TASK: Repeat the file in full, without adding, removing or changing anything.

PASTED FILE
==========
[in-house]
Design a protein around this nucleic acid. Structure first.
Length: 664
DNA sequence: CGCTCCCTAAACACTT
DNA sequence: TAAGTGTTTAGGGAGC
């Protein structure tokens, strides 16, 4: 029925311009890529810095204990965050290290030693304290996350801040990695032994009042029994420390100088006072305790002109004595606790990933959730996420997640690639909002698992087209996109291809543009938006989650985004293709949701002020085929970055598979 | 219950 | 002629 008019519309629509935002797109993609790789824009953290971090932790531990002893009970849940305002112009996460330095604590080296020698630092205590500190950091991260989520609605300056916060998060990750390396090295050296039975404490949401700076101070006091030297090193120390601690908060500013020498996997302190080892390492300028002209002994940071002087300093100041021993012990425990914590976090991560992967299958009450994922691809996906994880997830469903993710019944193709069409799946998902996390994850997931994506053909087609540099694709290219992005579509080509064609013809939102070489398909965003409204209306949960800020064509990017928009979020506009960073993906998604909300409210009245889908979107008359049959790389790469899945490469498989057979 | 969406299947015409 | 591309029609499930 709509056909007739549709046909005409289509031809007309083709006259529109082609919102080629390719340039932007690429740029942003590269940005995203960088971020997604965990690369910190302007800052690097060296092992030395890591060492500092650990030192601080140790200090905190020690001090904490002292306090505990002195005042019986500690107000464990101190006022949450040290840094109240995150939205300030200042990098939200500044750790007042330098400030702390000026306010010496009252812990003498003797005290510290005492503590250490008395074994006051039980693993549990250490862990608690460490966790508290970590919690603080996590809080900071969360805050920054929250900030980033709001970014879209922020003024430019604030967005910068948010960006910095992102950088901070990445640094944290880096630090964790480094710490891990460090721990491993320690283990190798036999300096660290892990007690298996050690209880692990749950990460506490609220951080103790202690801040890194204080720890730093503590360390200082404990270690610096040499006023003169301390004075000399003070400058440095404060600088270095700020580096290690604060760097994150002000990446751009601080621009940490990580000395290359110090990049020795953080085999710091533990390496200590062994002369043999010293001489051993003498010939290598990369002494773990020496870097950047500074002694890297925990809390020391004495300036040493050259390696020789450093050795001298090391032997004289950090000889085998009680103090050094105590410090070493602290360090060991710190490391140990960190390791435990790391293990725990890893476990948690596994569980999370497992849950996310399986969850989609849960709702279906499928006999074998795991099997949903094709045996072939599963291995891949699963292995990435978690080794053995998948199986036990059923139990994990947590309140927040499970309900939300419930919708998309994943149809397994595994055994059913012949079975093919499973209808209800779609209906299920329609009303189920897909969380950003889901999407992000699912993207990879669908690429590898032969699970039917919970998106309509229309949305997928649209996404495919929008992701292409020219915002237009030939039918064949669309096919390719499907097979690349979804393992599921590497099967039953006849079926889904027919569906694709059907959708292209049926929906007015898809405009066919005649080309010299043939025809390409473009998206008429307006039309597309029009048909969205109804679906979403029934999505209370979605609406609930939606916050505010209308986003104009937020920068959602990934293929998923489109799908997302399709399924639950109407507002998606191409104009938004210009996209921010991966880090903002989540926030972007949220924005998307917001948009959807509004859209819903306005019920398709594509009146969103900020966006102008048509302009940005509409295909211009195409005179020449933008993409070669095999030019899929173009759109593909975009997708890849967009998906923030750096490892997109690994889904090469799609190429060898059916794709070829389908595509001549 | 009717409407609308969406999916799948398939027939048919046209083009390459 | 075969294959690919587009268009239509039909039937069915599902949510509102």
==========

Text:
[in-house]
Design a protein around this nucleic acid. Structure first.
Length: 664
DNA sequence: CGCTCCCTAAACACTT
DNA sequence: TAAGTGTTTAGGGAGC
């Protein structure tokens, strides 16, 4: 029925311009890529810095204990965050290290030693304290996350801040990695032994009042029994420390100088006072305790002109004595606790990933959730996420997640690639909002698992087209996109291809543009938006989650985004293709949701002020085929970055598979 | 219950 | 002629 008019519309629509935002797109993609790789824009953290971090932790531990002893009970849940305002112009996460330095604590080296020698630092205590500190950091991260989520609605300056916060998060990750390396090295050296039975404490949401700076101070006091030297090193120390601690908060500013020498996997302190080892390492300028002209002994940071002087300093100041021993012990425990914590976090991560992967299958009450994922691809996906994880997830469903993710019944193709069409799946998902996390994850997931994506053909087609540099694709290219992005579509080509064609013809939102070489398909965003409204209306949960800020064509990017928009979020506009960073993906998604909300409210009245889908979107008359049959790389790469899945490469498989057979 | 969406299947015409 | 591309029609499930 709509056909007739549709046909005409289509031809007309083709006259529109082609919102080629390719340039932007690429740029942003590269940005995203960088971020997604965990690369910190302007800052690097060296092992030395890591060492500092650990030192601080140790200090905190020690001090904490002292306090505990002195005042019986500690107000464990101190006022949450040290840094109240995150939205300030200042990098939200500044750790007042330098400030702390000026306010010496009252812990003498003797005290510290005492503590250490008395074994006051039980693993549990250490862990608690460490966790508290970590919690603080996590809080900071969360805050920054929250900030980033709001970014879209922020003024430019604030967005910068948010960006910095992102950088901070990445640094944290880096630090964790480094710490891990460090721990491993320690283990190798036999300096660290892990007690298996050690209880692990749950990460506490609220951080103790202690801040890194204080720890730093503590360390200082404990270690610096040499006023003169301390004075000399003070400058440095404060600088270095700020580096290690604060760097994150002000990446751009601080621009940490990580000395290359110090990049020795953080085999710091533990390496200590062994002369043999010293001489051993003498010939290598990369002494773990020496870097950047500074002694890297925990809390020391004495300036040493050259390696020789450093050795001298090391032997004289950090000889085998009680103090050094105590410090070493602290360090060991710190490391140990960190390791435990790391293990725990890893476990948690596994569980999370497992849950996310399986969850989609849960709702279906499928006999074998795991099997949903094709045996072939599963291995891949699963292995990435978690080794053995998948199986036990059923139990994990947590309140927040499970309900939300419930919708998309994943149809397994595994055994059913012949079975093919499973209808209800779609209906299920329609009303189920897909969380950003889901999407992000699912993207990879669908690429590898032969699970039917919970998106309509229309949305997928649209996404495919929008992701292409020219915002237009030939039918064949669309096919390719499907097979690349979804393992599921590497099967039953006849079926889904027919569906694709059907959708292209049926929906007015898809405009066919005649080309010299043939025809390409473009998206008429307006039309597309029009048909969205109804679906979403029934999505209370979605609406609930939606916050505010209308986003104009937020920068959602990934293929998923489109799908997302399709399924639950109407507002998606191409104009938004210009996209921010991966880090903002989540926030972007949220924005998307917001948009959807509004859209819903306005019920398709594509009146969103900020966006102008048509302009940005509409295909211009195409005179020449933008993409070669095999030019899929173009759109593909975009997708890849967009998906923030750096490892997109690994889904090469799609190429060898059916794709070829389908595509001549 | 009717409407609308969406999916799948398939027939048919046209083009390459 | 075969294959690919587009268009239509039909039937069915599902949510509102």